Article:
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Intergalactic scale

Intergalactic Scale. Created by Sal Khan.

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Video transcript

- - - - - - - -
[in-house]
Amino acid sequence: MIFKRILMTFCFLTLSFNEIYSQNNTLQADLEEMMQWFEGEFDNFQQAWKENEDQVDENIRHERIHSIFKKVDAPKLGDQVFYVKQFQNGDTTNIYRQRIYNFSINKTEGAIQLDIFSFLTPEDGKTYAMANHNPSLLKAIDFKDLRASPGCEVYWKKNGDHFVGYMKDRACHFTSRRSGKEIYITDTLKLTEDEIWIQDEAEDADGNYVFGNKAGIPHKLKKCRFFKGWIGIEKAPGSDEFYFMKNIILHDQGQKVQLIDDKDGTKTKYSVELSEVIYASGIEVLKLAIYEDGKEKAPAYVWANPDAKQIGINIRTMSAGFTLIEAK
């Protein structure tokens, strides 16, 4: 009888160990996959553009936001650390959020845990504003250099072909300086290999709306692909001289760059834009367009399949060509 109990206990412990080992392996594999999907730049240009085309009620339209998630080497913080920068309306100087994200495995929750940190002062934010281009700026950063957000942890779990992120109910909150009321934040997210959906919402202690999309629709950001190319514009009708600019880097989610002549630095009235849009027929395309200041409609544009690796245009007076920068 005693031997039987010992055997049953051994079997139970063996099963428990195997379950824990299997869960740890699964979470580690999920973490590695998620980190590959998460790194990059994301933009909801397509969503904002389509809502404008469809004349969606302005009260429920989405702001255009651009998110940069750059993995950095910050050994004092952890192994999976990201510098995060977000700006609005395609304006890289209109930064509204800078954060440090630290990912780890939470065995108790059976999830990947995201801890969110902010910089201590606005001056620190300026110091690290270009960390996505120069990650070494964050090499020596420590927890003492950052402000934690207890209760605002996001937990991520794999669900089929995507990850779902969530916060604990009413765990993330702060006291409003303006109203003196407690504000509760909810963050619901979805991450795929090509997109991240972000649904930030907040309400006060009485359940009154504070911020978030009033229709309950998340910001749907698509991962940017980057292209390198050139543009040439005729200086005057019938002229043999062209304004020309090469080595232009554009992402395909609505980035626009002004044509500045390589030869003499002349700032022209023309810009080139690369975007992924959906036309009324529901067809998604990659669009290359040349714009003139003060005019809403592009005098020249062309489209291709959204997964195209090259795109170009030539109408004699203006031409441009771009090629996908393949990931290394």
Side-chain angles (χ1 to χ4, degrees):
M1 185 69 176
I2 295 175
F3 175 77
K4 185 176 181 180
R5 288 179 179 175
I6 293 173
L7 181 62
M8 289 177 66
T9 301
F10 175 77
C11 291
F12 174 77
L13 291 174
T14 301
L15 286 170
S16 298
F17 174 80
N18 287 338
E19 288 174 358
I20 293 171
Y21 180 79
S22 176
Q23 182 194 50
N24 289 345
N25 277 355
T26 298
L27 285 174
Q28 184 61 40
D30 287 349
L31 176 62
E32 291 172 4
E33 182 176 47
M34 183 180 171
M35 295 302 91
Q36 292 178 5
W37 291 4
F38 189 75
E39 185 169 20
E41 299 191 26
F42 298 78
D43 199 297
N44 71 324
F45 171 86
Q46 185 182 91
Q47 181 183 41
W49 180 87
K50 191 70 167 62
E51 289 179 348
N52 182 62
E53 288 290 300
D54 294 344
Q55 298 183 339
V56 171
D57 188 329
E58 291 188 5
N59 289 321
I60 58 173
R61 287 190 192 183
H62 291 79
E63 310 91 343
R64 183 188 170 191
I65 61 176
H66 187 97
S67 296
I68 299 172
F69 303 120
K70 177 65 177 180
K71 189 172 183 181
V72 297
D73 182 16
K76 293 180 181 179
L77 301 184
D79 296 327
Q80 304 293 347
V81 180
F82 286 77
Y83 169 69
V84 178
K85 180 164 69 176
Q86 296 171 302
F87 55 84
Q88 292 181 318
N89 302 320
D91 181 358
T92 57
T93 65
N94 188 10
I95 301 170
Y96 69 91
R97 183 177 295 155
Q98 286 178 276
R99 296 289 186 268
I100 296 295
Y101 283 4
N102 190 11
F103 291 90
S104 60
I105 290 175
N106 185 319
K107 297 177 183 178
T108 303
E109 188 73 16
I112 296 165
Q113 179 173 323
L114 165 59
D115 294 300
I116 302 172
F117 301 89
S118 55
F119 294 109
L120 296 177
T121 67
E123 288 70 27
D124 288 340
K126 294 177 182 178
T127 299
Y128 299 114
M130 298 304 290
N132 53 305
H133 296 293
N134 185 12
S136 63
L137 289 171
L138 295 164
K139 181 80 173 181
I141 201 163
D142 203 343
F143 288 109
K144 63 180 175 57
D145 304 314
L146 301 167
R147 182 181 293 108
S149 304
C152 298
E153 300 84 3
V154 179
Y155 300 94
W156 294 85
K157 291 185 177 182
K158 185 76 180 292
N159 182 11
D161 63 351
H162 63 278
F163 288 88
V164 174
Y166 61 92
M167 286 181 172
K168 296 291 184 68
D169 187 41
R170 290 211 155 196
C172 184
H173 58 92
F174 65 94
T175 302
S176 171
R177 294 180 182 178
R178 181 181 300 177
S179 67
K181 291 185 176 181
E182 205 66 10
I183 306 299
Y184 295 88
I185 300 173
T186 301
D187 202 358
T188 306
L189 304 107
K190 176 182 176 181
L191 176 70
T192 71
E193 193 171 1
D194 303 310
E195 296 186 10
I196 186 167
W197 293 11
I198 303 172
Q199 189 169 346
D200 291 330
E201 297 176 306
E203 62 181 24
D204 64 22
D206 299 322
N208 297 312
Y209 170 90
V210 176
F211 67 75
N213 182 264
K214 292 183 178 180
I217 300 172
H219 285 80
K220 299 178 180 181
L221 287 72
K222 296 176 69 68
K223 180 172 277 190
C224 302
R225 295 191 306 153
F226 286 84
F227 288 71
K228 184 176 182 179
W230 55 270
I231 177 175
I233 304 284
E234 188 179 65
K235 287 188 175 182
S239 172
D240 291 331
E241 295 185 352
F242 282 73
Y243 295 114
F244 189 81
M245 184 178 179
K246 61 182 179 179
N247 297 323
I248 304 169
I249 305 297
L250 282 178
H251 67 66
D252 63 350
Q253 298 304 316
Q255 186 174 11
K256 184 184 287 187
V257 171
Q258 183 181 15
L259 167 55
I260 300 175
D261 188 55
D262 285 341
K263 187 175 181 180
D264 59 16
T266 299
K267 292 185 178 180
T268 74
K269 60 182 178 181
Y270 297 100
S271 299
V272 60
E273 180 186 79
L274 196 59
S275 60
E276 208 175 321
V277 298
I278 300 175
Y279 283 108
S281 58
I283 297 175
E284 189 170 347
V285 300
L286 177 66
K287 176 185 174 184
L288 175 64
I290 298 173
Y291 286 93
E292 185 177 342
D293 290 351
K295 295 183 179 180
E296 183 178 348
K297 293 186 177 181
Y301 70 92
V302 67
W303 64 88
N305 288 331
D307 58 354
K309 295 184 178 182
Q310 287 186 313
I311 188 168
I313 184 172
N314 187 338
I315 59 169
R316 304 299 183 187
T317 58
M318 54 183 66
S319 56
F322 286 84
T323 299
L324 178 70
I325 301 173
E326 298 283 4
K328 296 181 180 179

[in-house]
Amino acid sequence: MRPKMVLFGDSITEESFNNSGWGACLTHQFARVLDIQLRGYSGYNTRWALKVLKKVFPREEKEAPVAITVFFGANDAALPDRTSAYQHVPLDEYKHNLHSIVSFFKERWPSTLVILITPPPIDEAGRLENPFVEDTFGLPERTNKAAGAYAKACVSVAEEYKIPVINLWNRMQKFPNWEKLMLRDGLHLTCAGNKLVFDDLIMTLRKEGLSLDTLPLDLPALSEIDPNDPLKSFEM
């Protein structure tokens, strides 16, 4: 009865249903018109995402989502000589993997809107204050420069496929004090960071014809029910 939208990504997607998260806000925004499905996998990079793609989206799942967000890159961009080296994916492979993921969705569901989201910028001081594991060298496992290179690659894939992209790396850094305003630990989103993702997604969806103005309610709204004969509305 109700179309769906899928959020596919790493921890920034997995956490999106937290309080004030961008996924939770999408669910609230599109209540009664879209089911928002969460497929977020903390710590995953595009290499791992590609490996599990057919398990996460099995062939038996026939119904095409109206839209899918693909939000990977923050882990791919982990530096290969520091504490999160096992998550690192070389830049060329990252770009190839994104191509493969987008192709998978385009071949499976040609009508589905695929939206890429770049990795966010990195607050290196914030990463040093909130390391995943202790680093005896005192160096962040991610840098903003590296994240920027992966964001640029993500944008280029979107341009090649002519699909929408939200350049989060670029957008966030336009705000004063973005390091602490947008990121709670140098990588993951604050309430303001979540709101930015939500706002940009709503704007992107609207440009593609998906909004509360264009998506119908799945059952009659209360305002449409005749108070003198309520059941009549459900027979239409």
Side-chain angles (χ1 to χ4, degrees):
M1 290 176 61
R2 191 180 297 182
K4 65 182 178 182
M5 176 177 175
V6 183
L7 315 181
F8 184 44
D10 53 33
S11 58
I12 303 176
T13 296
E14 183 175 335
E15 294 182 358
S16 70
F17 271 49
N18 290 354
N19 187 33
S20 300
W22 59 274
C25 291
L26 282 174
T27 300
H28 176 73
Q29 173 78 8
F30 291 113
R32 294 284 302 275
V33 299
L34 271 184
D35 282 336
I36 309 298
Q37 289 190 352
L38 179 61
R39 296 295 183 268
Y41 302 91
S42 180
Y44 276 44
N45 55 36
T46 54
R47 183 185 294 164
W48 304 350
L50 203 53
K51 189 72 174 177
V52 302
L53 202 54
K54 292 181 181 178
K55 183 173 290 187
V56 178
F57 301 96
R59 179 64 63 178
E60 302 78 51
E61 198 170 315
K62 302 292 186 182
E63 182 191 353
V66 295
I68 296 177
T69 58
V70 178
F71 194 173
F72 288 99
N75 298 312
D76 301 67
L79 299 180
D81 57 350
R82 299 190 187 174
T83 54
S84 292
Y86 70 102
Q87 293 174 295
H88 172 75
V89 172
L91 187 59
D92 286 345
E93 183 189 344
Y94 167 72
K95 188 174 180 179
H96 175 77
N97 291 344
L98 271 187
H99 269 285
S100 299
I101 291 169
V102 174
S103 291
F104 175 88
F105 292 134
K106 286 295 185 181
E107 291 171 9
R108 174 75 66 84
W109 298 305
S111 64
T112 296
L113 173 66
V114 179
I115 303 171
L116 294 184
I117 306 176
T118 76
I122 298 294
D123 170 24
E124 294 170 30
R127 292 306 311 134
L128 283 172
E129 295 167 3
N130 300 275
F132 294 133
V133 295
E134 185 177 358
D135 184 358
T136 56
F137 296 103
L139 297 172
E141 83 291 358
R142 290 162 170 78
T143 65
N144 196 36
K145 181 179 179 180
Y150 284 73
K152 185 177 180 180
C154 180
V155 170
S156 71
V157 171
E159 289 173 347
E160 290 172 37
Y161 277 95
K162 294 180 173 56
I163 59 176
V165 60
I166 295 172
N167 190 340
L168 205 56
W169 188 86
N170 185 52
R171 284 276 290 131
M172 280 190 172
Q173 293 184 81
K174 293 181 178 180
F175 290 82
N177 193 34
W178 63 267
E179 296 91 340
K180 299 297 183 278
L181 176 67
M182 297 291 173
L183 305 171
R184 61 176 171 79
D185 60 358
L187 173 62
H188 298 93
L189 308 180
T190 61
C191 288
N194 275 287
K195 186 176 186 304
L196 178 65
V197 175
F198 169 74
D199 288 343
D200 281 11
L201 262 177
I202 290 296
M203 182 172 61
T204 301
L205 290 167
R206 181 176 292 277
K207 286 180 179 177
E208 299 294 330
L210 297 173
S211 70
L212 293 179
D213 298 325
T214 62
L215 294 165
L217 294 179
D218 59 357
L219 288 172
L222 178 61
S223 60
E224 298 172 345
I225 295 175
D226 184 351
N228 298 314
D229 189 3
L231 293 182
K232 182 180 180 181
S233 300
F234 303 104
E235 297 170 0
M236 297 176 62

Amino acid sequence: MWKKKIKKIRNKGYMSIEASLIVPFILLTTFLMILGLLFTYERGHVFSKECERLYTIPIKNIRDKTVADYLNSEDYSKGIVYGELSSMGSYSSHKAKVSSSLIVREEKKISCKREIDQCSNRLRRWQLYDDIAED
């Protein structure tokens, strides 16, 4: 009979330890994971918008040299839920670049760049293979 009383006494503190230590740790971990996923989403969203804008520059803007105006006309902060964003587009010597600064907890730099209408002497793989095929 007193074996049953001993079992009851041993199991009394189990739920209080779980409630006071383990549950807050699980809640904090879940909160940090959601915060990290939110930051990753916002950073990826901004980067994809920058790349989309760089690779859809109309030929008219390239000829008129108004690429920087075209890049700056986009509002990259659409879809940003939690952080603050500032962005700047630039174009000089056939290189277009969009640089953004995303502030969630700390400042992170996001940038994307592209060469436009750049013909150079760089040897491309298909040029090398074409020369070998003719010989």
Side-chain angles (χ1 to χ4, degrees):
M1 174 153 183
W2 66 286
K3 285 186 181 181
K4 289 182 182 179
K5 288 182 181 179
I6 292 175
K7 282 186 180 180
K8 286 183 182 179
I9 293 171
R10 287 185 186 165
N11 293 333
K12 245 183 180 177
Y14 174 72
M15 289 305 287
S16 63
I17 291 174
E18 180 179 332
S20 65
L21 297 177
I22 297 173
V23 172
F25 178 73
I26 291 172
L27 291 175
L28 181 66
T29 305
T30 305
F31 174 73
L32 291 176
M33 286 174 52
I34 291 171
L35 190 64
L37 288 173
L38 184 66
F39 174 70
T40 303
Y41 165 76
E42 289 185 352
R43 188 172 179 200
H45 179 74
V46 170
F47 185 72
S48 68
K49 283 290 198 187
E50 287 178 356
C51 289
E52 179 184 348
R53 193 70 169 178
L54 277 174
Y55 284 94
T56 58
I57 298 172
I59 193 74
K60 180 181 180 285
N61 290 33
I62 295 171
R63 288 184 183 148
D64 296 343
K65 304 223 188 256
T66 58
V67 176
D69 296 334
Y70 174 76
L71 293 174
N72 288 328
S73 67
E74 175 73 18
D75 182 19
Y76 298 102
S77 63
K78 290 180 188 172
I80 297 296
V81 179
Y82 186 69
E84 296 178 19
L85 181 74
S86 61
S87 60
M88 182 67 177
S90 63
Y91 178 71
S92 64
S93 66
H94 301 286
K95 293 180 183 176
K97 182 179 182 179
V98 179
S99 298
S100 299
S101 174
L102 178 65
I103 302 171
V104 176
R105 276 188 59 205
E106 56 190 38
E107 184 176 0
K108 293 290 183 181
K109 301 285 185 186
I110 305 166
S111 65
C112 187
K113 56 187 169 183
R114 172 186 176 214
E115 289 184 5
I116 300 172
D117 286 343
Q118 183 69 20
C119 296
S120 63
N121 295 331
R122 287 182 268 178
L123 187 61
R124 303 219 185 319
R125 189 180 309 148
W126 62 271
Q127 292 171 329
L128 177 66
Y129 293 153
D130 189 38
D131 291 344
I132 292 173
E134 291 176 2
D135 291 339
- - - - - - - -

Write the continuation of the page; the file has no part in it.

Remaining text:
Where we left off in the last video, we were just kind of staring, amazed, at this Earth's view of the Milky Way galaxy, just making sure we understood how enormous and how many stars we were looking at. And even if each of these dots were a star, this is a huge amount of stars. But a lot of these dots are thousands of stars. So our mind was already blown. But what we're going to see in this video is that in some ways, this is kind of just the beginning. And to some degree, I'm going to stop doing these particles of sand and a football field analogy because at some point, the particles of sand become so vast that are our minds can't even grasp it to begin with. But let's just start with our Milky Way. And we saw in the last video, the Milky Way right here, we're sitting here about 25,000 light years from the center. It's roughly 100,000 light years in diameter. And then, let's put it in perspective of its local neighborhood. So let's look at the Local Group. And when we talk about Local Group, we're talking about the local group of galaxies. So this right here is the Milky Way's Local Group. That's us right there, sitting right over here, about 25,000 light years from the center of the Milky Way. You have some of these "small"-- and I use "small" in quotation marks-- because these are also vast entities, also unimaginable entities. But we have these satellite galaxies around, under the gravitational influence, some of them, of the Milky Way. But the nearest large galaxy to us is Andromeda right over here. And this distance right over here. And now, we're going to start talking in the millions of light years. So this distance right here is 2.5 million light years. And just as a bit of reference, if that's any reference at all, one light year is roughly the radius of the Oort Cloud. Or another way to think about it, one radius of the Oort Cloud is about 50,000 or 60,000 astronomical units. And that's the distance from the Sun to the Earth. So you could view this as 2.5 million times 60,000 or so times the distance from the Sun to the Earth. So this is an unbelievably large distance we're talking about here. And that's to get to the next big galaxy over here. But even these things are huge things with many-- I mean, just unfathomably many-- stars. But Andromeda, in particular, we said that the Milky Way has 200 to 400 billion stars. Andromeda, people believe, has on the order of 1 trillion stars. So these just start to become numbers. It's hard to grasp. But we're not going to stop here. So in this, over here, this whole diagram right here, it's about four light years across, if you go from point to point. If you go from one side to the other side, this is about-- not four light years. Sorry. This is 4 million light years. Four light years is just the distance from us to the Alpha Centauri. So that was nothing. That would only take that a Voyager 1 80,000 years to get. This is 4 million light years. So 4 million times the distance to the nearest star. But even this is-- I mean I'm starting to stumble on my words because there's really no words to describe it-- even this is small on an intergalactic scale. Because when you zoom out more, you can see our Local Group. Our local group is right over here. And this right over here is the Virgo Super Cluster. And each dot here is at least one galaxy. But it might be more than one galaxy. And the diameter here is 150 million light years. So what we saw in the Local Group, in the last diagram, the distance from the Milky Way to Andromeda, which was 2 and 1/2 million light years, which would be just a little dot just like that, that would be the distance between the Milky Way and Andromeda. And now, we're looking at the Virgo Super Cluster that is 150 million light years. But we're not done yet. We can zoom out even more. We can zoom out even more, and over here. So you had your Virgo Super Cluster, 150 million light years was that last diagram, this diagram right over here. I want to keep both of them on the screen if I can. This diagram right here, 150 million light years across. That would fit right about here on this diagram. So this is all of the super clusters that are near us. And once again, "near" has to be used very, very, very loosely. Here, this distance is about 150 million light years. A billion light years is-- two, three, four, five-- a billion light years is about from here to there. So we're starting to talk on a fairly massive-- I guess we've always been talking on a massive scale. But now, it's an even more massive scale. But we're still not done. Because this whole diagram-- now these dots that you're seeing now, I want to make it very clear. These aren't stars. These aren't even clusters of stars. These aren't even clusters of millions or even billions of stars. Each of these dots are clusters of galaxies, each of those galaxies having hundreds of billions to trillions of stars. So we're just on an unbelievably massive scale at this point. But we're still not done. We're still not done. This is roughly about a billion light years across. But right here is actually the best estimate of the visible universe. And in future videos, we're going to talk a lot more about what the visible universe means. So if you were to zoom out enough, this entire diagram right here, about a billion light years, would fit just like that. So we're talking about a super small amount of this part right here. And this is just the visible universe. I want to make it clear. This is not the entire universe. And we say it's the visible universe because think about what's happening. When we think about the a point out here, and we're observing it, and that's let's say 13 billion light years away. Let's say that point 13 billion. We're going to talk more about this in future videos, 13 billion light years. And I feel it's almost a sacrilege to be writing on this because this complexity that we're seeing here is just mind boggling. But this 13 billion light year away object, the light is just getting to us. This light left some point 13 billion light years ago. So what we're actually doing is observing that object close to the beginning of the actual universe. And the reason why it's the visible universe is there might have been something a little bit further out. Maybe it's light hasn't reached us yet or maybe the universe itself, and we'll talk more about this, it's expanding so fast that the light will never, ever reach us. So it's actually a huge question mark on how big the actual universe is. And then some people might say, well, does it even matter? Because this by itself is a huge distance. And I want to make it clear, you might say, OK, if this light over here, if this is coming from 13 billion light years away, or if this is 13 billion light years away, then you could say, hey, so everything that we can observe or that we can even observe the past of, the radius is about 26 billion light years. But even there, we have to be careful because remember the universe is expanding. When this light was emitted-- and I'll do a whole video on this because the geometry of it is kind of hard to visualize-- when this light was emitted, where we are in the Virgo Super Cluster, inside of the Milky Way Galaxy, where we are was much closer to that point. It was on the order of-- and I want to make sure I get this right-- 36 million light years. So we were super close by, I guess, astronomical scales. We were super close, only 36 million light years, to this object, when that light was released. But that light was coming to us and the whole time the universe is expanding. So we were also moving away from it, if you just think about all of the space, that everything is expanding away from each other, And only 13 billion years later did it finally catch up with us. But the whole time that that was happening, this object has also been moving. This object has also been moving away from us. And so our best estimate of where this object is now, based on how space is expanding, is on the order a 40 or 45 billion light years away. We're just observing where that light was emitted 13 billion years ago. And I want to be very clear. What we are observing, this light is coming from something very, very, very primitive. That object or that area of space where that light was emitted from has now condensed into way more, I guess, mature astronomical structures. If you take it from the other point of view, people sitting where in this point of space now, and they've now moved 46 billion light years out, when they observe our region of space, they're not going to see us. They're not going to see Earth as it is now. They're going to see the region of space where Earth is at a super primitive stage, shortly after the Big Bang. And when I use words like "shortly," I use that also loosely. We're still talking about hundreds of thousands or even millions of years. So we'll talk more about that in a future video. But the whole point of this video is it's beyond mind numbing. I would say the last video, about the Milky Way, that alone was mind numbing. But now, we're going in a reality where just the Milky Way becomes something that's almost unbelievably insignificant when you think about this picture right here. And the really mind numbing thing is, if someone told me that this is the entire universe, this by itself would certainly put things in perspective. But it's unknown what's beyond it. There's some estimates that this might be only be 1 times 10 to the 23rd of the entire universe. And it might even be the reality that the entire universe is smaller than this. And that's an interesting thing to think about. But I'll leave you there because I think no matter how you think about it, it's just-- I don't know. I actually, before doing this video, I stared at some of these photos for half an hour. This is my least productive day just because it's just so awe inspiring to think about what these dots and dots of the dots really are.